Homocysteine and Our Brains
Homocysteine is a common amino acid found in our blood, and a homologue to cysteine. First discovered in 1932 by Butz and Vigneaud, and eventually identified for its role in promoting arteriosclerosis in 1969 (McCully, 2004). New studies in 2016 and 2017 are now linking high levels of homocysteine to degenerative brain disorders, and other illnesses ( (Refsum & Smith, 2017).
As we age, our ability to enzymatically metabolize and absorb folic acid is compromised, which leads to a surge in homocysteine levels. “Even fetuses need protection,” (Faloon, William, 2017). Research findings of Dutch children ages 6 to 8 years old using measures of intelligence including MRI brain scans indicate the children of mothers with insufficient folate, performed poorly on visual spatial scores and language (Ars CL, 2016).
Optimum and high levels of homocysteine
In the 1990s, researchers found positive evidence that the optimum level of homocysteine was below 8 µmol/l. Additional researchers have shown that levels above 10 µmol/l are associated with increased heart attack risk. Nevertheless, another study indicated that homocysteine levels above 9 µmol/l doubled the prevalence of dementia with functional and cognitive impairment (Bonetti, Brombo, & Magon, 2015).
Homocysteine and Brain Aging
Per the CDC the number of centenarians in the United States has now increased by 43.6% since the year 2000 (National Institute on Aging, 2017). In the United States alone over 5 million Americans have vascular dementia, Alzheimer's disease and stages of cerebrovascular dysfunction. The number of people with this disease will continue to increase significantly due to current population trends. Researchers concluded that as the United States population is aging so will incidences of Alzheimer's patients because Alzheimer’s increases with age (Xu, 2017).
Additional Research Findings
Discoveries of homocysteine blood levels in other populations confirm that centenarians are not the only population affected by low levels of homocysteine, but also postmenopausal women, children with cognitive deficiencies, men with erectile dysfunction, and even cardiac-stenting patients all demonstrate elevated levels of homocysteine. Findings also indicate that detoxification of homocysteine is possible with the use of folic acid and vitamin B12. To decrease homocysteine levels patients can also use the 5-MTHF form of folate which requires no enzymatic conversion and vitamin B 12 (Faloon, William, 2017).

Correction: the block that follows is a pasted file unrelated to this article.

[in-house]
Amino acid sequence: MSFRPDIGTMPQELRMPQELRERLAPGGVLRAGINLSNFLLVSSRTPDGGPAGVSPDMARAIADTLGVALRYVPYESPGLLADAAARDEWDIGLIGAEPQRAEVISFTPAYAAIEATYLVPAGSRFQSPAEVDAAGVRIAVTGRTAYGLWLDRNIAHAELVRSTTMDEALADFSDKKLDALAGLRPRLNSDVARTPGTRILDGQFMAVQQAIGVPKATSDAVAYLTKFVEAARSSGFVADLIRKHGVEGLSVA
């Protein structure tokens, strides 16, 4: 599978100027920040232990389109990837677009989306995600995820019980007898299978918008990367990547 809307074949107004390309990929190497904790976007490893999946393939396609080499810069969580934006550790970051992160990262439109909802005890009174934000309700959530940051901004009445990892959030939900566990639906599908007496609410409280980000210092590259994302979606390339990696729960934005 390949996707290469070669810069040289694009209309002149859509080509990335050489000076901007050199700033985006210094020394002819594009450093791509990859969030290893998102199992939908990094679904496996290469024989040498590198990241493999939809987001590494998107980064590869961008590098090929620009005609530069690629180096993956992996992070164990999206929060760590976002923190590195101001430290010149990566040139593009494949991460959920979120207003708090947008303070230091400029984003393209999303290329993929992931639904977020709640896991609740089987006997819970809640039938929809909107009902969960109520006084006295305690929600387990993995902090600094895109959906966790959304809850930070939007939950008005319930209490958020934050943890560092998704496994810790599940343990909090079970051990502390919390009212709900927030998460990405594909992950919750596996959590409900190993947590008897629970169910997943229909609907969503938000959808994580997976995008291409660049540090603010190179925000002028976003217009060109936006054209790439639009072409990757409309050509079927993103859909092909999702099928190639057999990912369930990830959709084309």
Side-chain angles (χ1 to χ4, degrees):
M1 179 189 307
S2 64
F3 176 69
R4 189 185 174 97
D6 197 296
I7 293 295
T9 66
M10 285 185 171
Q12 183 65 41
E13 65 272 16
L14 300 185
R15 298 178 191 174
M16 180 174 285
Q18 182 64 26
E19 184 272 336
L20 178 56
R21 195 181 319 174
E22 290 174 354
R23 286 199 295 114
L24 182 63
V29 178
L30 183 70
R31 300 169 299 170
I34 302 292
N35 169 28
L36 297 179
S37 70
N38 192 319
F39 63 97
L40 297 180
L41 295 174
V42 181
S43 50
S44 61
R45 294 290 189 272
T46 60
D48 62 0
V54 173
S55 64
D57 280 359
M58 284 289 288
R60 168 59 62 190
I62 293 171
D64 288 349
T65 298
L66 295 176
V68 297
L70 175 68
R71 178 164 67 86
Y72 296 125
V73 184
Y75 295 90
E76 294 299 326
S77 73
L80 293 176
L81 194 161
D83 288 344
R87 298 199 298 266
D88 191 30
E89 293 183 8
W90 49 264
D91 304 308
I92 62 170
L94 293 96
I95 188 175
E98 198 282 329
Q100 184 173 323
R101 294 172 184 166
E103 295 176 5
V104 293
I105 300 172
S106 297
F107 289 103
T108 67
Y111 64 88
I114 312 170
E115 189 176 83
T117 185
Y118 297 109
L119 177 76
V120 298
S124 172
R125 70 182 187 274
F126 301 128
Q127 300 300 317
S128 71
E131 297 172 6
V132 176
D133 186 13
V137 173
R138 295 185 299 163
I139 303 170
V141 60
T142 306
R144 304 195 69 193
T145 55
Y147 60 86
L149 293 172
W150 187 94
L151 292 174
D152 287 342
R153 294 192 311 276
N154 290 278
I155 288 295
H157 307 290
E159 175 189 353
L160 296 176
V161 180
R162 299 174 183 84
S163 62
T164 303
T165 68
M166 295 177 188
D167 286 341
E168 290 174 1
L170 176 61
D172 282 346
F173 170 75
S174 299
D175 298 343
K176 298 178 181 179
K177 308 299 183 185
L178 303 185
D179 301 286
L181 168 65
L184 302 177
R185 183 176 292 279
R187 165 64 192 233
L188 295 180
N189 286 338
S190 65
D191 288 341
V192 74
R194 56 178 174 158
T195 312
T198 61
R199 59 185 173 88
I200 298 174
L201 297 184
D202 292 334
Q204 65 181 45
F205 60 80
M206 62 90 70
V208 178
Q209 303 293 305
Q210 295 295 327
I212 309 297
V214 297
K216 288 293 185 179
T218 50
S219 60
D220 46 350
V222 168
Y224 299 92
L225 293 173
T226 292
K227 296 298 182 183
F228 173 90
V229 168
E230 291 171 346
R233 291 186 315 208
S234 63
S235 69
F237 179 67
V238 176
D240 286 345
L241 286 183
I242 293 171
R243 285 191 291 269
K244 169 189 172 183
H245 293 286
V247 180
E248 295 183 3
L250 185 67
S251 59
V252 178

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Ars CL, N. I. (2016). Prenatal Folat, homocysteine and vitamin B12 levels and child brain volumes, cognitive development and psychological functioning: the Generation R Study. Br J Nutr, 1-9.
Bonetti, F., Brombo, G., & Magon, S. e. (2015). Cognitive Status According to Homocysteine and B-Group Vitamins in Elderly Adults. Journal of American Geriatric Society, 1158-63.
Faloon, William. (2017). Homocysteine and Brain Aging. Fort Lauderdale: Life Extension.
McCully, K. (2004). Homocysteine, vitamins, and prevention of cardiovascular disease. Mil Med, 169(4):325-9.
National Institute on Aging. (2017, 12 July). Alzheimer's Disease Education and Referral Center. Retrieved from National Institute on Aging: https://www.nia.nih.gov/alzheimers
Refsum, H., & Smith, A. D. (2017, July 11). Annual Reviews. Retrieved from Annual Review of Nutrition: https://doi.org/10.1146/annurev-nutr-071715-050947
Xu, J. (2017, July 12). Mortality Among Centenarians in the United States, 2000─2014. Retrieved from CDC.gov: https://www.cdc.gov/nchs/data/databriefs/db233.pdf